DAVIS (CBS13) — The UC Davis Veterinary Hospital received its first few patients from the LNU Lightning Complex Fire Wednesday night after ferocious flames and thick smoke tore through ranches and farms in rural Solano County.
Unfortunately, many animals didn’t make it out, but for some of those who did, it’s going to be a long road to recovery.READ MORE: 'I Saw The Suffering In People's Faces: Sacramento Man Finds Strollers For War-Torn Refugees
Dr. Monica Aleman, a professor of equine internal medicine, said two adult horses came to them from that area with severe burn injuries.
Ava, the 11-year-old draft horse, has burns all over her body. She was brought in from the Quail Canyon area and is the sole survivor of six horses. Ava’s owner lost their home and truck in the fire.
Puzzler, a Welsh Pony, is also being treated for burn wounds.
“The range of the injuries go from first to third-degree burn injuries,” Dr. Aleman said. “That means that the skin is essentially gone and it destroyed also the underlying tissue.”
The horses are receiving around the clock care and are provided with fluids for hydration and medicine for pain management.READ MORE: City To Vote On Project That Would Add Speed Bumps To More Sacramento Neighborhoods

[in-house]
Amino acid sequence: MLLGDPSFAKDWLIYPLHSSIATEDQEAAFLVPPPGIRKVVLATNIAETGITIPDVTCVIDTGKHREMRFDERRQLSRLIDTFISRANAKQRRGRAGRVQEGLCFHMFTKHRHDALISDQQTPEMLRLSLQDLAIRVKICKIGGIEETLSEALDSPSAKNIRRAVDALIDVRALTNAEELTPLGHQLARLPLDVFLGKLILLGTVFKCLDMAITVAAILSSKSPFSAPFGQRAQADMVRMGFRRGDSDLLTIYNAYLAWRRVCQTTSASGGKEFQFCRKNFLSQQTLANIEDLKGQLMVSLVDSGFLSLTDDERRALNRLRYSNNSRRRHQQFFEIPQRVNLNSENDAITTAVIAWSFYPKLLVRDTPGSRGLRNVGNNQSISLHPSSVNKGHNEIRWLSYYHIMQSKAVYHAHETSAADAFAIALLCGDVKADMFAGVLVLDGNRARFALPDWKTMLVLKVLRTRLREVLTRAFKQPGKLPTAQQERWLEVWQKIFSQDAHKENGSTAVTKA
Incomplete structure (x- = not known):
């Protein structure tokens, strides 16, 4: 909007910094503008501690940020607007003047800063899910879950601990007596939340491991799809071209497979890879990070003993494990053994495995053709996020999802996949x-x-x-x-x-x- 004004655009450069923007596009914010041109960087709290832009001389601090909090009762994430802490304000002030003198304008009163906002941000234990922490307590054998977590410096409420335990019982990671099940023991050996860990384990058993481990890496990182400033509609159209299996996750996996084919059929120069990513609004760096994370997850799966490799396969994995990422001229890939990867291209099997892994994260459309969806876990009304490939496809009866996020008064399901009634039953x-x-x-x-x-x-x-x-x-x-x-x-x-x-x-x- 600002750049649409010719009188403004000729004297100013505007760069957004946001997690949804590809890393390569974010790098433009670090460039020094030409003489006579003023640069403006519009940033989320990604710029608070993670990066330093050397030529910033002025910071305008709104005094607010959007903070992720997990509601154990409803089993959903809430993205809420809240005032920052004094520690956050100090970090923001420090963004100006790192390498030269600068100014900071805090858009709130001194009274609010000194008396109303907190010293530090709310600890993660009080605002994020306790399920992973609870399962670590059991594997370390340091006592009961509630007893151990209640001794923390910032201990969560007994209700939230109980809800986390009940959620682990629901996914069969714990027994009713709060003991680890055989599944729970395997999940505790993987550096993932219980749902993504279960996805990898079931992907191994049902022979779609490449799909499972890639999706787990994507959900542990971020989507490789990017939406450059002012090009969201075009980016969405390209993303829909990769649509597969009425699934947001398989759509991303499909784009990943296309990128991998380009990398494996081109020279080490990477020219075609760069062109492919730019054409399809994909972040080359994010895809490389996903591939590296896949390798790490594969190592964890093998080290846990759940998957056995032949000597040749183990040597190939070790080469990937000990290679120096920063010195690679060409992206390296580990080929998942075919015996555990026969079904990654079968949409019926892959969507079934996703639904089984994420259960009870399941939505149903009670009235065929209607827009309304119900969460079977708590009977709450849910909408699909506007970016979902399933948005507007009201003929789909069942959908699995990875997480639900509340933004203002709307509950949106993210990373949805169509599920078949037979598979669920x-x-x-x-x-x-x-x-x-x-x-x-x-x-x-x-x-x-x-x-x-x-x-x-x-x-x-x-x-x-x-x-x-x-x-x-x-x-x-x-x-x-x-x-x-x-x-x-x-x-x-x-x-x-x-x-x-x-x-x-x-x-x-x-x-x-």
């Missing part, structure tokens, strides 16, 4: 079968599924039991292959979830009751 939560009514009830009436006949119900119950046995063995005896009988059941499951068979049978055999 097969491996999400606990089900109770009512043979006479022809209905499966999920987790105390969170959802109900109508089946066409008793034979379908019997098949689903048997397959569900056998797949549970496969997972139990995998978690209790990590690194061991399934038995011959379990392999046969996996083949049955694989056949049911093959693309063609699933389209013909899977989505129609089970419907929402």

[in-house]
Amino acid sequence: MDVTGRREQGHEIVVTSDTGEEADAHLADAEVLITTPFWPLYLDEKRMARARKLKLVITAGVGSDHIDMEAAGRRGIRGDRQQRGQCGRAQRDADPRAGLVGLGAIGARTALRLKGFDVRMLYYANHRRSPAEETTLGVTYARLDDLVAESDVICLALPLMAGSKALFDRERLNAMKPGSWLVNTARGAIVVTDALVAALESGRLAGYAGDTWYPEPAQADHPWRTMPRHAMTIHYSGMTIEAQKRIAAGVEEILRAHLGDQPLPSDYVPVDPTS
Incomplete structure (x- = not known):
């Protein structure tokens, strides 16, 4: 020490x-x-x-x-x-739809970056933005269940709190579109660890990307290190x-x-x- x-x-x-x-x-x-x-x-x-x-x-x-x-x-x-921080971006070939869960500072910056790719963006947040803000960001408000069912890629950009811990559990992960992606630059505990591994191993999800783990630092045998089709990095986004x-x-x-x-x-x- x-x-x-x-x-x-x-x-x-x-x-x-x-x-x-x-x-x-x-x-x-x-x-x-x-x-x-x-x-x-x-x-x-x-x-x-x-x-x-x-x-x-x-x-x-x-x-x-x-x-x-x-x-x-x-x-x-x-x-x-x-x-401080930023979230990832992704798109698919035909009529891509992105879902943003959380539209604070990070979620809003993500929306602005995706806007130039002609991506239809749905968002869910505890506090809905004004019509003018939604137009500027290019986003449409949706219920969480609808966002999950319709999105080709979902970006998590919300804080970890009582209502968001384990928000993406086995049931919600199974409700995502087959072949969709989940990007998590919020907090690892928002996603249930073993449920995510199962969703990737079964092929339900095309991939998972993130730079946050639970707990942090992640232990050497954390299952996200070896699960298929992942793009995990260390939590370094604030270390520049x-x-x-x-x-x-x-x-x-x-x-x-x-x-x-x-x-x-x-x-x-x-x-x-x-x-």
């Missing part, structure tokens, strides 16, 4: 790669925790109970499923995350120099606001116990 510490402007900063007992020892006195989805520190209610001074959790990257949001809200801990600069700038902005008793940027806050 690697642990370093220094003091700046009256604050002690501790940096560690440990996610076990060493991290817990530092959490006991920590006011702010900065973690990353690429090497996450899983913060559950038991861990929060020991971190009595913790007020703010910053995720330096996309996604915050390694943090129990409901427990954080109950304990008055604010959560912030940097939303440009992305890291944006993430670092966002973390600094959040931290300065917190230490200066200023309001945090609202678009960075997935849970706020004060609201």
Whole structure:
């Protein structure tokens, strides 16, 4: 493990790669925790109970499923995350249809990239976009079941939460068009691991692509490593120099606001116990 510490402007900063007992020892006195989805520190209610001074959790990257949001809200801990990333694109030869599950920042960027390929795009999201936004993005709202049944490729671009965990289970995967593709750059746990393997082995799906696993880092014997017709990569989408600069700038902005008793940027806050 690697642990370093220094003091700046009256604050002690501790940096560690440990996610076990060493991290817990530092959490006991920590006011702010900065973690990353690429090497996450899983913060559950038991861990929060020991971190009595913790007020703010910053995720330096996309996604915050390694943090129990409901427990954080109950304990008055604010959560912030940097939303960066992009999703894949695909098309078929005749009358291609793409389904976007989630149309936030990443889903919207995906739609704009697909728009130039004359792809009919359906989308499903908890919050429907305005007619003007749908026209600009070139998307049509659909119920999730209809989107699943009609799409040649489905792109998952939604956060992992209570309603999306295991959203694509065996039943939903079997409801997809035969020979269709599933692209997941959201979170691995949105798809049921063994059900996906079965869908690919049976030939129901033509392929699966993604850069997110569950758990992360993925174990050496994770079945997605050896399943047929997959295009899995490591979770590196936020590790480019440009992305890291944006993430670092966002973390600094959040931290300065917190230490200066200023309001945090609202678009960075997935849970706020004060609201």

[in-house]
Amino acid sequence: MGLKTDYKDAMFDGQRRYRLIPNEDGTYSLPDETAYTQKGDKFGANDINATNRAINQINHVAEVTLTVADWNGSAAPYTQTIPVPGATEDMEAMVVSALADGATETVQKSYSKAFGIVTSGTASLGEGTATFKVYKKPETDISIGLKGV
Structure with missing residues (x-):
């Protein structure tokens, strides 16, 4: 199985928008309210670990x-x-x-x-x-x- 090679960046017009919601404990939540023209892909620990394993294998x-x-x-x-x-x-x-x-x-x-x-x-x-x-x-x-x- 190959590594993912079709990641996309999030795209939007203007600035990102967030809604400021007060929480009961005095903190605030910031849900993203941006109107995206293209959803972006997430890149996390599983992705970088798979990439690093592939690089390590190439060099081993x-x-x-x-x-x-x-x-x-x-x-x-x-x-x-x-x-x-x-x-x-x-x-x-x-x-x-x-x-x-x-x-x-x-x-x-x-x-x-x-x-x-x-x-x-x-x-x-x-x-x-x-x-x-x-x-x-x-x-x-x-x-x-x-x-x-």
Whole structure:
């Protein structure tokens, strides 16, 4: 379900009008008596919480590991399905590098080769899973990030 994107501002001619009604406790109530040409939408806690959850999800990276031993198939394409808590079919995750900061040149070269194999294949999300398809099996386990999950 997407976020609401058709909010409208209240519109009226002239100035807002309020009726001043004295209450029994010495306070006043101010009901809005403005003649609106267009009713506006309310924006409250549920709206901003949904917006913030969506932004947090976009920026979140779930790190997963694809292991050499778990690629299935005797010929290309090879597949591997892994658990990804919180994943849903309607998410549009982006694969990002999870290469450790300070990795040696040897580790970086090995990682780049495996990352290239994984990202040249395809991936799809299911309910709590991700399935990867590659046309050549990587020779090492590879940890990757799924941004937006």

“We are against something very critical. Our skin is our largest barrier, if you will, for infection. If we lose that barrier we have nothing to protect us,” Dr. Aleman said.
The doctors are also monitoring the horses for smoke inhalation, another type of internal injury that could have long-term effects.
“We also have an ophthalmologist looking at their eyes because very often if you burn your face, you burn your corneas,” Aleman said.
In addition to treating these burn victims, some of the staff are fire victims themselves.
“We have people here working that lost either property or some of their animals so they were evacuated themselves, but here they are, everybody is here trying to help,” Dr. Aleman said.MORE NEWS: Massive Outdoor Recreation Area Nears Opening In Elk Grove
It’s all hands on deck, to help a community and their four-legged loved ones heal.